In patent infringement claims, it is often the case that the allegedly infringing device is not exactly the same as the claims of the patent. In these situations, the doctrine of equivalents comes into play. Specifically, if the individual claim elements and the infringing invention are sufficiently equivalent in what they do and how they do it, then infringement can be found.
The burden is on the plaintiff to prove by a preponderance of the evidence that the defendant infringed upon the invention.
Protecting Your Patent from Infringement
If someone is infringing your patent, you can enforce your patent rights both in and out of court. Attempting to resolve infringement matters outside of court does not preclude filing an infringement lawsuit at a later date. Likewise, moving into the litigation phase does not prohibit future settlement negotiations.
In fact, the vast majority of intellectual property disputes settle outside of court, as a sheer matter of practicality from both sides. Even if both parties are unable to come to an agreement before litigation commences, settlement discussions can still continue during the litigation process.
Cease and Desist Letters
If you believe someone is infringing your patent rights, a first step is often to send a cease and desist letter to the infringing party.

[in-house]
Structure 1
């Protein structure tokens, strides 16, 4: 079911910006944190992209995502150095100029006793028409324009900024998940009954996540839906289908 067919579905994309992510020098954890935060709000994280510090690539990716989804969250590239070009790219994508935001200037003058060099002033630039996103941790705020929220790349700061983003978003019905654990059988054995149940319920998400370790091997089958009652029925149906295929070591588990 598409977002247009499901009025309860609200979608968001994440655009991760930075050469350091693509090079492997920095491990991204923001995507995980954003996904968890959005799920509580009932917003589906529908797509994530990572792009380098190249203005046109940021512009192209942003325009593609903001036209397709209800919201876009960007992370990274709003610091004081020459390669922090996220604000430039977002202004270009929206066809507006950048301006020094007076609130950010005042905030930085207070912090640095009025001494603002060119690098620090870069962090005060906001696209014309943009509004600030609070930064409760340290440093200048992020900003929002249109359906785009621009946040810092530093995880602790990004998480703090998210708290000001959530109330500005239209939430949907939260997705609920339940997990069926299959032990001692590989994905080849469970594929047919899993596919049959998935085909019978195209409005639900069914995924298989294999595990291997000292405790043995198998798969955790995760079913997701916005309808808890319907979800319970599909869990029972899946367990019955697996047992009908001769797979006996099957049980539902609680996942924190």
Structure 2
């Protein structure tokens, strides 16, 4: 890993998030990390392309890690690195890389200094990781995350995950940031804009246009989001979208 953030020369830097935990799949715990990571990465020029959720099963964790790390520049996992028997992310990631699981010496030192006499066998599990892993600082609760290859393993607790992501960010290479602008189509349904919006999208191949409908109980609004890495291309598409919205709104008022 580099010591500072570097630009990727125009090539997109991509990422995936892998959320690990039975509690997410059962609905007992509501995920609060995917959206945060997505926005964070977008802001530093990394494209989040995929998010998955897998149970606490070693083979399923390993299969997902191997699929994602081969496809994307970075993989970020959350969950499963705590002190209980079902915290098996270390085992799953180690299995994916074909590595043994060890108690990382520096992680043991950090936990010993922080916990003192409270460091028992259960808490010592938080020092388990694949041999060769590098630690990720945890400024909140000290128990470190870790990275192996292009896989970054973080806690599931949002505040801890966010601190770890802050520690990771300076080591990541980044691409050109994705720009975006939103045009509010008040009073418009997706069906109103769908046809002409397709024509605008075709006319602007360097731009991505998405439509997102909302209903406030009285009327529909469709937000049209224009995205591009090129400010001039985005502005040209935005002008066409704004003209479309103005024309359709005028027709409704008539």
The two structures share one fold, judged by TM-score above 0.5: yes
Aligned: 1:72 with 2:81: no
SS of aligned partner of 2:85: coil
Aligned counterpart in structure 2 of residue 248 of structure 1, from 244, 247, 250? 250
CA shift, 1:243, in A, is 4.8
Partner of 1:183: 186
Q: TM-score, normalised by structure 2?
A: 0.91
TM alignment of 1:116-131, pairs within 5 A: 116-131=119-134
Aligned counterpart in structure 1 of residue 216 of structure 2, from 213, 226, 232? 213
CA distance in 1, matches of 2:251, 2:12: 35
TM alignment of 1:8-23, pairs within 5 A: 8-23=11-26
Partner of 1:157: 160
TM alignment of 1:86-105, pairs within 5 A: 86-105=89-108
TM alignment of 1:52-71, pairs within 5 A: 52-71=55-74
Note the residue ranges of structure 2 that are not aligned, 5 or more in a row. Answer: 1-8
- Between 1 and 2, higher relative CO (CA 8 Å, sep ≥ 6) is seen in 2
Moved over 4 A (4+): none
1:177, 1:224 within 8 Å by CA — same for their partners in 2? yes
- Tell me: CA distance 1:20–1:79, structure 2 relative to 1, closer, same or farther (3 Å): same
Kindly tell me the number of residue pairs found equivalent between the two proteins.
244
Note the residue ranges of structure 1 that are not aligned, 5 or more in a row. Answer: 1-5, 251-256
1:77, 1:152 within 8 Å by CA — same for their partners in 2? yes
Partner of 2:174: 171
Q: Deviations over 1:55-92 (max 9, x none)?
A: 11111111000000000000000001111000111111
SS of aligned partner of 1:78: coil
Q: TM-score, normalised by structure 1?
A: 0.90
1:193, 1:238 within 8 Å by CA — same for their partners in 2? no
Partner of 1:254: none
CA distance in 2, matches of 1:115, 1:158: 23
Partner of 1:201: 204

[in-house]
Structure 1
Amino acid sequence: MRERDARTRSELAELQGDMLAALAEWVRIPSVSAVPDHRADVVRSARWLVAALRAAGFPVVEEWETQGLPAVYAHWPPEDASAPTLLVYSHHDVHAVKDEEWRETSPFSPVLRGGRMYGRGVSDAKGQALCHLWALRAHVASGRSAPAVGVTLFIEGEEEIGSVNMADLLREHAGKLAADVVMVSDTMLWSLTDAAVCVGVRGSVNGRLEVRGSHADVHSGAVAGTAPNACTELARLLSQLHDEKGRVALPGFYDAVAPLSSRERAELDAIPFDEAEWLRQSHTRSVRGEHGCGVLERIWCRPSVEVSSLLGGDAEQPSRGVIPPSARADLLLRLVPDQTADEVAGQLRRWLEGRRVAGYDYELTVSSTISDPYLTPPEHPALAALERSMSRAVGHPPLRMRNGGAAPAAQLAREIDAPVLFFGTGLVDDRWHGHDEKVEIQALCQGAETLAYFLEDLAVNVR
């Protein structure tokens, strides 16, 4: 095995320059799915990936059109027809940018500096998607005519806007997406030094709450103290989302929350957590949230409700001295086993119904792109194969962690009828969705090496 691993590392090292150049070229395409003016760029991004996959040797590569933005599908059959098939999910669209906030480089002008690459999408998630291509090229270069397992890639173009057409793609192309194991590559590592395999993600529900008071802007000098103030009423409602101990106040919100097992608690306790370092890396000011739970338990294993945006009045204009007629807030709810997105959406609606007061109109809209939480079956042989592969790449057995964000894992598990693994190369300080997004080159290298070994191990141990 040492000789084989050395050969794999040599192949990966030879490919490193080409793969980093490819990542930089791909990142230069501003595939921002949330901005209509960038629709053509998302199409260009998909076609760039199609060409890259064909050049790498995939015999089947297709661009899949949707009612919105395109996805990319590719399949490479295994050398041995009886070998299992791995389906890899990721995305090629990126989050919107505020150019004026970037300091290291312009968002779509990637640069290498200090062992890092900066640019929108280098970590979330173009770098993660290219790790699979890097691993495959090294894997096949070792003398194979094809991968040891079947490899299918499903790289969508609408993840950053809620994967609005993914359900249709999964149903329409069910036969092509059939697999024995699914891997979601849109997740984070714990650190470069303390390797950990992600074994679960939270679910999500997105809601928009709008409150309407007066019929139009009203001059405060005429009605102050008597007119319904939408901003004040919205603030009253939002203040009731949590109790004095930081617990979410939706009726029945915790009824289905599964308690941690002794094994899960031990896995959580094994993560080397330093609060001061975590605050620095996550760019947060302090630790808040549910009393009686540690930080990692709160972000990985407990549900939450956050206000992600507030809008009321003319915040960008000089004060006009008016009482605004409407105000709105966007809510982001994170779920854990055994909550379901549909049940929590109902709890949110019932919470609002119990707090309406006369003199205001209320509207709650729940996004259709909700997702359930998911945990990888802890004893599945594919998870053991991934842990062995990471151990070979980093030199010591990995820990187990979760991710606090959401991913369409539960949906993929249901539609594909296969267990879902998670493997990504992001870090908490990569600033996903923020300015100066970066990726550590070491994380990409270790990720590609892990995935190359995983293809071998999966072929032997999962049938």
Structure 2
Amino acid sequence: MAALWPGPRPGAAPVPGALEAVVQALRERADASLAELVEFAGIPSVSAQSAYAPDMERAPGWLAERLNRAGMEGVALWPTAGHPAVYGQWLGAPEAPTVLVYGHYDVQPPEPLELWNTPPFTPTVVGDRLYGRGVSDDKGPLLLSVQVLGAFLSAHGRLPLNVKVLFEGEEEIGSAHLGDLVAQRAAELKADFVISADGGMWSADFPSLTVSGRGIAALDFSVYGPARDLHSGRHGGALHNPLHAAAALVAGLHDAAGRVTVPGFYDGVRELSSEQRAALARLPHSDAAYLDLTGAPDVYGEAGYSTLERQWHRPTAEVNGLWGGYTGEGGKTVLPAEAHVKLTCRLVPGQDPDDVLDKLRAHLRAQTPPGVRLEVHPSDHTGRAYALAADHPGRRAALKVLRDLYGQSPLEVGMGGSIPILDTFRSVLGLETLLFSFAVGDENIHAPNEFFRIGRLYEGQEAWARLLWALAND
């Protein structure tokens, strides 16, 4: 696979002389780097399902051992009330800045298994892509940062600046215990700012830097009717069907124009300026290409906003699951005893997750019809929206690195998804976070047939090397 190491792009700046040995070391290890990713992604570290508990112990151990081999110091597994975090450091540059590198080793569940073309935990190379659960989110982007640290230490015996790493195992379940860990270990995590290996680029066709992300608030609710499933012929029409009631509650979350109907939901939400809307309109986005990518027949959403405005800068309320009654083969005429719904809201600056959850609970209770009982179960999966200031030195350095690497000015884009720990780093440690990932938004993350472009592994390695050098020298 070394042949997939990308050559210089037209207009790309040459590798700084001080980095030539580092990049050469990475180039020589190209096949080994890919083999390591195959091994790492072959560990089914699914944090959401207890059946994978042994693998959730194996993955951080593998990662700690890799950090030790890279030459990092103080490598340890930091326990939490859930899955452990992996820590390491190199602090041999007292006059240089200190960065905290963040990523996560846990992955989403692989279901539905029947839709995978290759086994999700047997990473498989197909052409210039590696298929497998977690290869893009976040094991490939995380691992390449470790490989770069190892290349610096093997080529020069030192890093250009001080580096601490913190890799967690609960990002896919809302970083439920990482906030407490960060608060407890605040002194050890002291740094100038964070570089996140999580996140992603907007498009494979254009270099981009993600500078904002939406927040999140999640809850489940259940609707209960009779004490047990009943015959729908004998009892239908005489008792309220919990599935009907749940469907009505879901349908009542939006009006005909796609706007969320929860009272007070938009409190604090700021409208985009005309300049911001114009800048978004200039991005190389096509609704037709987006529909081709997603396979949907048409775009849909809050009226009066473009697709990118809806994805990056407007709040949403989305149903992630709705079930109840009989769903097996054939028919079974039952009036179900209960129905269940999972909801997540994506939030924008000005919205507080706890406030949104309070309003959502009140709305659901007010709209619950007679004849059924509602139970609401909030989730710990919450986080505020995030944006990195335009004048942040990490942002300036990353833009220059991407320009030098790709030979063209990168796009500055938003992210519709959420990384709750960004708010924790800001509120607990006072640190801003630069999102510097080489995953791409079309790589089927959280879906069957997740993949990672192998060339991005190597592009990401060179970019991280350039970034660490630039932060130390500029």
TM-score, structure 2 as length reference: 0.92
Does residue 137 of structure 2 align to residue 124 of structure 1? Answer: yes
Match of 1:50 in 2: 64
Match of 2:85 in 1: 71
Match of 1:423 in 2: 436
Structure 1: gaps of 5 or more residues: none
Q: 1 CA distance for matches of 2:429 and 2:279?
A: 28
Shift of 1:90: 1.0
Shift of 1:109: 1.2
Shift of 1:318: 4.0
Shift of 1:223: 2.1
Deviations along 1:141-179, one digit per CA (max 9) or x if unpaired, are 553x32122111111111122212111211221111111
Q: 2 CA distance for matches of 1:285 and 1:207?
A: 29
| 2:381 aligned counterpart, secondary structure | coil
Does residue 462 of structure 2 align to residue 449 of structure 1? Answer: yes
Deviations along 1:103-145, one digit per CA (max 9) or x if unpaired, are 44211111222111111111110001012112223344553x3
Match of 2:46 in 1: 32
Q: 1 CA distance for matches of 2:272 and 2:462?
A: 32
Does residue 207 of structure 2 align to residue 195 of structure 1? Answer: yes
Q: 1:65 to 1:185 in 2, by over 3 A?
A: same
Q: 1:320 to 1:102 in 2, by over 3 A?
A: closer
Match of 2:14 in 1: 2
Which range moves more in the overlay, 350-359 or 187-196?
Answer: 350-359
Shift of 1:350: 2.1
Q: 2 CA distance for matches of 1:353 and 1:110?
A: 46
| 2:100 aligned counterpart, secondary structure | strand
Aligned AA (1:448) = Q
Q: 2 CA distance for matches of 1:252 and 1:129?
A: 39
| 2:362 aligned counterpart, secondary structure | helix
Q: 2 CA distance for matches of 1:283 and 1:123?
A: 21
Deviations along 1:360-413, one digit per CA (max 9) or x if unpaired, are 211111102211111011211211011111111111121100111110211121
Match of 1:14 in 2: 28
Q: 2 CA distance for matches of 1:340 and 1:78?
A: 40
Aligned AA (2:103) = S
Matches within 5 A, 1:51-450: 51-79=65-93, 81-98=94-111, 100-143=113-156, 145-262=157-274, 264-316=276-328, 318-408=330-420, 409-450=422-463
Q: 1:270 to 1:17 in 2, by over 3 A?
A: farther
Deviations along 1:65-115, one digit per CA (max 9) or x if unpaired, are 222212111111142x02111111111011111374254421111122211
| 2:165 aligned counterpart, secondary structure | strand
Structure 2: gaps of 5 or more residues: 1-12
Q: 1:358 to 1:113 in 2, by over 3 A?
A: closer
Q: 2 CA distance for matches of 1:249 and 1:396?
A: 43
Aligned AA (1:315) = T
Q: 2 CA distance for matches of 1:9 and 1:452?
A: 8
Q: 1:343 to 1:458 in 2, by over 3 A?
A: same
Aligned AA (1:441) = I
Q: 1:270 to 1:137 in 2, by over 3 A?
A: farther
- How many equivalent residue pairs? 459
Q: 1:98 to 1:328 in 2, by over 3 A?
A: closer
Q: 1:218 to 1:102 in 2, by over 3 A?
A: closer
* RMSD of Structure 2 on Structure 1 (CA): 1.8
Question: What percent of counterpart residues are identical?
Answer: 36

These letters will:
- Lay out your patent rights;
- Explain how the other invention infringes on your rights;
- Put the other party on notice that there is a potential patent infringement case;
- Ask the other party to immediately stop making, selling, or distributing the product;
- Ask the other party to demonstrate compliance with this demand within 10 days;
- Explain steps that will be taken – typically proceeding to litigation – if these demands are not met.
Additionally, a cease and desist letter may:
- Ask the other party to enter into a license agreement;
- Depending on the severity of the infringement, demand payment from the infringer in order to release them from legal claims.
The goal of a cease and desist letter is to resolve patent infringement matters in a timely and cost-efficient manner outside of court.
Arguing Against Cease and Desist Letters